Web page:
Spring 2015 not offered
|Certificates: Social, Cultural, and Critical Theory|
Within the frame of performance studies, this seminar focuses on how particular uses of the body, space, and narrative inform the limits and intersections between ritual and performance, including the study of theoretical frames and audience reception. Performance is broadly defined to include cultural events and nontraditional performances. We will look at a number of theoretical texts as well as case studies, performances, and theories to examine theatrical modes of action and presence, as well as the limits between real and fictional.
||Gen Ed Area Dept:
|Course Format: Seminar||Grading Mode: Graded|
||Fulfills a Major Requirement for: (CSCT)(SISP-Reli Conc)
"Postdramatic Theater", Hans-Thies Lehmann
"The Transformative Power of Performance: A New Aesthetics", Erika Fisher-Lichte
Course reader (online)
|Examinations and Assignments: |
Students will work on individual research papers (15-20 pages) throughout the semester. Research topics are due by the end of the first month of classes; a polished draft of the paper (7-10 pages) will serve as the mid-term; additionally, students will give an oral presentation of their research during the final week of classes. Shorter oral presentations are due throughout the course. Possible topics are (but not limited to): acting/ritualizing; modes of presence; embodiment; dance in the context of performance studies; the visual arts and performance; ritual practices in experimental performance; new rituals; ritual and diasporas; urban United States, tradition, and cultural rites; public performance as social ritual; music in ritual and performance; spectatorship in ritual, theatre, and ritual theatre; embodiment in ritual and performance; comparative analysis of different rituals/ritualized practices.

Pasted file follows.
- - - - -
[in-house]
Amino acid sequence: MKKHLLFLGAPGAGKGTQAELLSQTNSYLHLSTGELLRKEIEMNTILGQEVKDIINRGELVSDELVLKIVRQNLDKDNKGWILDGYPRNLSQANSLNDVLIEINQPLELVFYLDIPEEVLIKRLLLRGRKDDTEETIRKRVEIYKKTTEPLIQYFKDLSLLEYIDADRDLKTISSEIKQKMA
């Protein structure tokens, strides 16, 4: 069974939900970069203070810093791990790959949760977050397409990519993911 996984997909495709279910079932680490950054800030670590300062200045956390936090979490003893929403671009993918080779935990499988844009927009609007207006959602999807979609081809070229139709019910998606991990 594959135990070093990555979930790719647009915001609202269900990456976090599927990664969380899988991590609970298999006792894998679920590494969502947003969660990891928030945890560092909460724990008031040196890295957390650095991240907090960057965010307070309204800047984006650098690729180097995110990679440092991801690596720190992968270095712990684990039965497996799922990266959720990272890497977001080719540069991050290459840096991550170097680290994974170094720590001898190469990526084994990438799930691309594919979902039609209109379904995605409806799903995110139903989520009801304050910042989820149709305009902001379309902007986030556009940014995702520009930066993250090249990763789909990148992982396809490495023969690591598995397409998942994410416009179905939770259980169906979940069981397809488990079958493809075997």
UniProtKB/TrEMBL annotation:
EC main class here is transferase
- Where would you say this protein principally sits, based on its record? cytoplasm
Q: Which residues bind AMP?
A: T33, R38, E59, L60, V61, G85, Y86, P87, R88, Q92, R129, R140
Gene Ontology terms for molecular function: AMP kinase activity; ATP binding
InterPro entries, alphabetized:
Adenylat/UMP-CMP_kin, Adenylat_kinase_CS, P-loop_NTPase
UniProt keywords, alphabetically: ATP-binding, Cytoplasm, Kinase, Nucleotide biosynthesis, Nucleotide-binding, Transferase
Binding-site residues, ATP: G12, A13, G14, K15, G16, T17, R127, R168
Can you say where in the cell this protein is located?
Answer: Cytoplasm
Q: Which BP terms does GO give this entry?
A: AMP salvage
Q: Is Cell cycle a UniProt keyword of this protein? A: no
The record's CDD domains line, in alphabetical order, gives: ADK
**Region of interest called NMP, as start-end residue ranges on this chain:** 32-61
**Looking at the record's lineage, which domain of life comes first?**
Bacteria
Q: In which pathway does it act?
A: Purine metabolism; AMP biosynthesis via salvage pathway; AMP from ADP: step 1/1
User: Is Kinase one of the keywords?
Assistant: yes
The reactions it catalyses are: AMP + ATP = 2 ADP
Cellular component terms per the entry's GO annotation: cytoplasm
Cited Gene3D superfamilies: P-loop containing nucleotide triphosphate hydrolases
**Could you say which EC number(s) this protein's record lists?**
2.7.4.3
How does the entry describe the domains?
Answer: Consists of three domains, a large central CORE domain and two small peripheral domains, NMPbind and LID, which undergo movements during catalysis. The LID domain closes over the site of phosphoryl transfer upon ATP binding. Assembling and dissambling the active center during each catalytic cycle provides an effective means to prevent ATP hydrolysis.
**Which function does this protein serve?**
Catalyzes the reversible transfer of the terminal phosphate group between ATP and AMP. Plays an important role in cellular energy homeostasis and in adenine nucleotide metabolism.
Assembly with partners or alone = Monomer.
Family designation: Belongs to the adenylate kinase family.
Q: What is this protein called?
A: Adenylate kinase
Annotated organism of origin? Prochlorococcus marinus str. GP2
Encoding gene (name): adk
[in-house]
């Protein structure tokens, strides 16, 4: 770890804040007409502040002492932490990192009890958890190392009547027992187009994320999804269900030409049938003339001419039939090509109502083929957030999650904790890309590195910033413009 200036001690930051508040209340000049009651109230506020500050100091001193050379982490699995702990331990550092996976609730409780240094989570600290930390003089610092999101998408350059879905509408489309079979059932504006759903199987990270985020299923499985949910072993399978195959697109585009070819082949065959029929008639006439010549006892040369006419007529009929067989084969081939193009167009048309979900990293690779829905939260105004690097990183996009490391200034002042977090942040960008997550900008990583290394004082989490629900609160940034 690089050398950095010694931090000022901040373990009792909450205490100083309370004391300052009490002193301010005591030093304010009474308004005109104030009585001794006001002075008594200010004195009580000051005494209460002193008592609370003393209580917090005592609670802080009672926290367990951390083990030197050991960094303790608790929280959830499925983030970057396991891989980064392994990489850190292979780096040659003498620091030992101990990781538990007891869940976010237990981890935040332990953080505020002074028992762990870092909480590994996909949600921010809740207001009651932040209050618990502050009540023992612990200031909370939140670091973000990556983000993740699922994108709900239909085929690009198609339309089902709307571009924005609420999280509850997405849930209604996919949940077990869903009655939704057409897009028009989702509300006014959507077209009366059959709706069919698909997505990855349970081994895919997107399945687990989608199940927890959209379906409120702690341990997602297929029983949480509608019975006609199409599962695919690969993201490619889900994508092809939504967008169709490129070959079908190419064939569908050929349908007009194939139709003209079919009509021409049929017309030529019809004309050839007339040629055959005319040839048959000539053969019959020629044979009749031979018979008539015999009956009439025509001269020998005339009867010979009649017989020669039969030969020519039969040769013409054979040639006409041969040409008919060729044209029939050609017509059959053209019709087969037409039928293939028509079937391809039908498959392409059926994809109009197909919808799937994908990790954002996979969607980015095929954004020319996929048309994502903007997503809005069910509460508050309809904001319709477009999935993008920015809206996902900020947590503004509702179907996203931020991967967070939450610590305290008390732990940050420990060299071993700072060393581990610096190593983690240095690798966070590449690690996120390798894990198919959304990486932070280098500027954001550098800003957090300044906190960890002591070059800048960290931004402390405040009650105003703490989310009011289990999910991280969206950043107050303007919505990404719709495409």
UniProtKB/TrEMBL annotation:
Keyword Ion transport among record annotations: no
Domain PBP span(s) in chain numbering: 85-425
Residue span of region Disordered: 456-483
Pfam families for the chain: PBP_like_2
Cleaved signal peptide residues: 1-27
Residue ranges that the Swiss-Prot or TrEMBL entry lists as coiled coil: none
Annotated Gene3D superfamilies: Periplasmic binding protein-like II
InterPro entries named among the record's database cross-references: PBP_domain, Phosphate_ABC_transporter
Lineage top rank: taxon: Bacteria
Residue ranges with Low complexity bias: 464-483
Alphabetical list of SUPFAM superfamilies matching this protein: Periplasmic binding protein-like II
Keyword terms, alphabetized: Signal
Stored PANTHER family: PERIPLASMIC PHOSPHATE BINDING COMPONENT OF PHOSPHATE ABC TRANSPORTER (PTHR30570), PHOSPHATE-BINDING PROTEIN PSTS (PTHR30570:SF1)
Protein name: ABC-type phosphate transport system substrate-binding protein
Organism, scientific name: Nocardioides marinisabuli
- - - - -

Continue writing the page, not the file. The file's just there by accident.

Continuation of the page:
|Additional Requirements and/or Comments: |
The course combines lecture and seminar formats. Students will engage in independent research. Students are invited to bring additional readings on their research projects to class discussions. Recommended for students with a background in the performing and visual arts or religious/ritual studies. Please contact the instructor via e-mail if you have questions.
This course fulfills the Religion Department "Thematic Approaches" major requirement.
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